T2: retain(o)
T2: release-fence(o)
T1: acquire-fence(o)
T1: mutate(o)

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(Joe Groff) #3

This wouldn't do what the check is intended for, though, since it would potentially let you modify a value that's passed "by value" at +0 to you if there happens to be only one reference to it. It's really amIKnownToOwnTheUniqueReference. If you received an argument @owned, you could conceivably ask the question of that reference, since you'd have ownership of the one remaining reference at that point.

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(Jordan Rose) #4

It's also worth noting that just as isKnownUniquelyReferenced does not take weak and unowned references into account, it cannot check for addresses that have "escaped" into UnsafePointers (or Unmanaged). The latter doesn't have "unsafe" in its name, so it's probably worth documenting that too.

3 Likes
(John McCall) #5

isKnownUniquelyReferenced tells you whether the given variable holds a non-nil and unique reference to its current referent object.

isKnownUniquelyReferenced requires, as a precondition, that there be no racing modifications of the variable. That precondition does not need to be repeated in the documentation because it is true for every inout argument in Swift: as one aspect of the general prohibition on data races, if a variable is passed as an inout argument, then all other accesses to it must either happen-before the start of the call or happen-after the end of the call. Swift enforces that rule up to a certain point by default, and it enforces it a few steps further under TSan (or a few steps less if you turn off exclusivity checking), but ultimately it is your responsibility as a programmer to satisfy it. It is a goal of the eventual concurrency design of Swift that code which obeys certain rules globally will be guaranteed to not have data races, but we don't have that design yet, and even when we do, I don't foresee us ever completely banning raw uses of threads.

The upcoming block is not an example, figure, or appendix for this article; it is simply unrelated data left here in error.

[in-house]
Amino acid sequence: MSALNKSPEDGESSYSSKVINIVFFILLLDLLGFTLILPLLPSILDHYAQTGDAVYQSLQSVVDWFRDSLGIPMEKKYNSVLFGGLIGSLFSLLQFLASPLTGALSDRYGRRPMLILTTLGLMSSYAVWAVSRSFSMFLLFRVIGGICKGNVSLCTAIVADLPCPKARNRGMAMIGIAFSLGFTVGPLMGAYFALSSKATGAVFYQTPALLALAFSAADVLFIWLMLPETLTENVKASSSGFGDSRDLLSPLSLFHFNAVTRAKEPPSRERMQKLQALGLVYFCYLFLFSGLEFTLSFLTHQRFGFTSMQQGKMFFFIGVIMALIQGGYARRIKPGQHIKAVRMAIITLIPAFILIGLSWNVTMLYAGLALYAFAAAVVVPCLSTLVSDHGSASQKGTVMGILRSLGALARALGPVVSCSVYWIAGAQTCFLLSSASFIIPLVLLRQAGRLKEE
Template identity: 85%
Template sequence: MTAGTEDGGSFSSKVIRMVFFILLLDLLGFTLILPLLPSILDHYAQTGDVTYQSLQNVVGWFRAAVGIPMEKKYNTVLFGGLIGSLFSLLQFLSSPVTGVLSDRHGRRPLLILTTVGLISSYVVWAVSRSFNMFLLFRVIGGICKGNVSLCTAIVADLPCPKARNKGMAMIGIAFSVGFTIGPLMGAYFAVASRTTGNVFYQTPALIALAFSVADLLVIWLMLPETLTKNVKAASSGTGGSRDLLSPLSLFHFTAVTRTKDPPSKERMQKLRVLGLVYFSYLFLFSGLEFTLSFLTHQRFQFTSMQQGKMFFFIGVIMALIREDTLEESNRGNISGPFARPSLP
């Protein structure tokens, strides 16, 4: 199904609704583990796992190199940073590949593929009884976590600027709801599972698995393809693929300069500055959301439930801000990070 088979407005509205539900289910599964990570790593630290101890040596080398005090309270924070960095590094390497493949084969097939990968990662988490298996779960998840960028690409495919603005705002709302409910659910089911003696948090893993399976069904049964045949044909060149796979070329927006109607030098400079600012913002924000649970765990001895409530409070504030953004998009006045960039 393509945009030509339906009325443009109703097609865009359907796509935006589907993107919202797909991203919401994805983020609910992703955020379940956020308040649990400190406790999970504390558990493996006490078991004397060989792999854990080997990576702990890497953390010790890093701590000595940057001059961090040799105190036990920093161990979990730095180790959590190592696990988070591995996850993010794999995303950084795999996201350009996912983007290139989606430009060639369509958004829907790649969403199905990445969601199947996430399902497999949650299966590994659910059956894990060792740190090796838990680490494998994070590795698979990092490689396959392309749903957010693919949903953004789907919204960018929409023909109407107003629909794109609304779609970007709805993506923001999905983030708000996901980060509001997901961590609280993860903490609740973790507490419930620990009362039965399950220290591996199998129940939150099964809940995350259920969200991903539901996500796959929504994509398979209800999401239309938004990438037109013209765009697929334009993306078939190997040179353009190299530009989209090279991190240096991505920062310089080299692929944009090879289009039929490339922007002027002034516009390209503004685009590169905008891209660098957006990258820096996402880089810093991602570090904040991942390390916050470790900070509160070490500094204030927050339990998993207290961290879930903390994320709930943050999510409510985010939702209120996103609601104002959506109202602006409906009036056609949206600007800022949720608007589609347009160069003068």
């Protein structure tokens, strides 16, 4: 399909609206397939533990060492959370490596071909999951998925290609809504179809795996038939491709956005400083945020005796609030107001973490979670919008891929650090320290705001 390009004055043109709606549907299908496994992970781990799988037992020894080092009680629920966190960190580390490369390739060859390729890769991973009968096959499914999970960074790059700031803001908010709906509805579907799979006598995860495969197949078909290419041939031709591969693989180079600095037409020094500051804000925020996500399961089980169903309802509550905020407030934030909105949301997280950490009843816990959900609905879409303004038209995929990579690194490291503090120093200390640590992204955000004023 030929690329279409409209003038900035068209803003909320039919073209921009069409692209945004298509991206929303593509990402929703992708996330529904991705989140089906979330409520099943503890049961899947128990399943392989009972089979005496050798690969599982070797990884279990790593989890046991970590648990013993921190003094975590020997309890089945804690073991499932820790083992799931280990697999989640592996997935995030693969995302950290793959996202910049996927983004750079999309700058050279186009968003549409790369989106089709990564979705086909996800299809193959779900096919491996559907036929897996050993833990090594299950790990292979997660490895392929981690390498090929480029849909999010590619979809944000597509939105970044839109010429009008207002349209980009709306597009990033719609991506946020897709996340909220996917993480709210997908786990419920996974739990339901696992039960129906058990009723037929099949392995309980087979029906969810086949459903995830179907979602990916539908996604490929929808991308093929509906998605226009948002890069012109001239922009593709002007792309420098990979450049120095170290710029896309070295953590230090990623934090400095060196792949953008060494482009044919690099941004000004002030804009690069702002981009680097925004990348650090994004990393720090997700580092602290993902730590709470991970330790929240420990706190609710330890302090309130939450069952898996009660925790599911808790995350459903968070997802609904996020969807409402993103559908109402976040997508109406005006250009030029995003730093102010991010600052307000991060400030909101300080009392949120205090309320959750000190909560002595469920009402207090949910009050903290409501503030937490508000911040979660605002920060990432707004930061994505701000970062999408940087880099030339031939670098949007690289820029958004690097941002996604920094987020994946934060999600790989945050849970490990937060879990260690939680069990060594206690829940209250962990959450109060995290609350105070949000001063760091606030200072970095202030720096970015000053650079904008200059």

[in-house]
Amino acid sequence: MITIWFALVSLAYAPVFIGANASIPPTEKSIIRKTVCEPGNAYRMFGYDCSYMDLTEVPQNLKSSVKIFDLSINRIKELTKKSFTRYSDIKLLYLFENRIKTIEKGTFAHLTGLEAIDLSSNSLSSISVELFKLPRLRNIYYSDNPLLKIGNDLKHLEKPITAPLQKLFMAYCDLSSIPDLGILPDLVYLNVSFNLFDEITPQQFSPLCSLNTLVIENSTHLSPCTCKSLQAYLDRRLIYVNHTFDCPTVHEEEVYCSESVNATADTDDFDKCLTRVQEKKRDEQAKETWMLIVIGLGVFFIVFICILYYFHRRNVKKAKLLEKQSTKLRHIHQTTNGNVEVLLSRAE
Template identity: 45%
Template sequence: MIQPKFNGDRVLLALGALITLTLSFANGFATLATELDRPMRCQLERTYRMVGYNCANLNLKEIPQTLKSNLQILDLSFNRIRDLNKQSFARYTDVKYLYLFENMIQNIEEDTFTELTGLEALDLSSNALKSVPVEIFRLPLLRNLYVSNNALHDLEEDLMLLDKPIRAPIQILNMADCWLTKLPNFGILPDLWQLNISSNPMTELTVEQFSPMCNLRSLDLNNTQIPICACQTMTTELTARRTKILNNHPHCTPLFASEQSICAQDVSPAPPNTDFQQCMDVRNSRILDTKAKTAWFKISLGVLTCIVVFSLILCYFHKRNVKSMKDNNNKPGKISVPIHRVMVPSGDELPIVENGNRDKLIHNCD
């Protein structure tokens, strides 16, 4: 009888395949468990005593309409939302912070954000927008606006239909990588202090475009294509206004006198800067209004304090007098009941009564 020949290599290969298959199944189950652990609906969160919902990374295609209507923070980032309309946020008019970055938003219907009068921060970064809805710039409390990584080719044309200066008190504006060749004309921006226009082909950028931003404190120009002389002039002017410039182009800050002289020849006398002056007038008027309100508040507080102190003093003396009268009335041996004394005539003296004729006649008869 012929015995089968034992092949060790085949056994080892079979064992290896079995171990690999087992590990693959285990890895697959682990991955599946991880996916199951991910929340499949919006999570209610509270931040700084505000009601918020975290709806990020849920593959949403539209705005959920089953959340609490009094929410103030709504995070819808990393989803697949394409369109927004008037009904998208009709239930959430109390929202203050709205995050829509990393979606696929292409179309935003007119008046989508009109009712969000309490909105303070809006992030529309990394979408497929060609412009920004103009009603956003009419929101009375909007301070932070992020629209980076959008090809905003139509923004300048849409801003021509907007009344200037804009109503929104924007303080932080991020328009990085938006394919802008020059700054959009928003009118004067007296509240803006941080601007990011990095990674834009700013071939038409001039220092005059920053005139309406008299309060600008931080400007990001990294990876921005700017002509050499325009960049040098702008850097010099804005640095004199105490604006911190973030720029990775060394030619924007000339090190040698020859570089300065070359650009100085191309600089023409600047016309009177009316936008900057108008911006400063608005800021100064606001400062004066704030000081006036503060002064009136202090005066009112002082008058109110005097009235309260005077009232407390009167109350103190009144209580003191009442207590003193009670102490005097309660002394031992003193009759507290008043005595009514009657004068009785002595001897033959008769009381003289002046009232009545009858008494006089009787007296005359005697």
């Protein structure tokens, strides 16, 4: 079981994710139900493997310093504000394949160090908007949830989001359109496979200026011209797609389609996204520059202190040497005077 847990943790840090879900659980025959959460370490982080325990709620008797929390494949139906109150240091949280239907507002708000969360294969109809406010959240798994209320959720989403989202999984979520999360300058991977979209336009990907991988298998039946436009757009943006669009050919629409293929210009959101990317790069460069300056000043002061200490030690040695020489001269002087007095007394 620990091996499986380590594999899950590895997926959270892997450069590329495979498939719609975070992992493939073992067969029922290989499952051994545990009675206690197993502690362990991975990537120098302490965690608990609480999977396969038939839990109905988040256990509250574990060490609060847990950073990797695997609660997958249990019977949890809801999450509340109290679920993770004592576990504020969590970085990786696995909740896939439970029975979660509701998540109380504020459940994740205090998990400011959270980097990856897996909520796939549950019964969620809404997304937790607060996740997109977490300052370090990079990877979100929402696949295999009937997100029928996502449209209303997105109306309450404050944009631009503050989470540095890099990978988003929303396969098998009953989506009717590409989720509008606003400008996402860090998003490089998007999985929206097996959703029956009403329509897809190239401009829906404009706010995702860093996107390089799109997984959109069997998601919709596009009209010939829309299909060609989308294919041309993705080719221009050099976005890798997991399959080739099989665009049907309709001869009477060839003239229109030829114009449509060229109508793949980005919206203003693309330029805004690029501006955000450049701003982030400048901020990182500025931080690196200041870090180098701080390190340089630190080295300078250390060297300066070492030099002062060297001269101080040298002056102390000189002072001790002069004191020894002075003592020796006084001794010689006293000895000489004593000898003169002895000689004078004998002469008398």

isKnownUniquelyReferenced does not need to be ordered with accesses to other variables that hold references to the variable's referent. If there are no races on the given variable, and there are no weak or unowned references to the variable's current referent, then if isKnownUniquelyReferenced returns true it is guaranteed that all accesses to the referent must be through the given variable. The converse is of course not true: if isKnownUniquelyReferenced returns false, it is still possible that there will be no further accesses to the referent through other references — for any number of reasons, races being probably the least significant.

isKnownUniquelyReferenced must take its argument inout because that is the only way in Swift today to abstractly refer to a variable. Other arguments are always semantically values, and "is this value the only reference to this object?" isn't a good question to ask because the answer is useless unless you've got another reference to the object that you can use afterwards, in which case presumably the answer to the question ought to be "no, because you've got another reference right over there". That's why the question has to be about whether a specific variable is the only way to refer to the object. Now, isKnownUniquelyReferenced could take an immutable reference to a variable, if we had such a thing, but we don't.

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(Ole Begemann) #6

@John_McCall Thanks a lot, this clears things up for me.

(Jordan Rose) #7

[Aside, now that the question has been answered…]

I don't think the immutable reference would actually be sufficient either (depending on how you interpret "immutable reference"). Consider a case where a variable is passed by value and by immutable reference to a function. Since retainable pointers* are passed at +0 now by default, a single owned variable could back both the by-value and by-immutable-reference arguments without any additional retains, and then isKnownUniquelyReferenced would incorrectly conclude that there's only one reference.

Actually, what keeps isKnownUniquelyReferenced from returning true in this case?

func test() {
  var variable: AnyObject = …
  assert(isKnownUniquelyReferenced(&variable))
  func helper(_ value: __shared AnyObject) {
    if isKnownUniquelyReferenced(&variable) {
      variable.foo = 1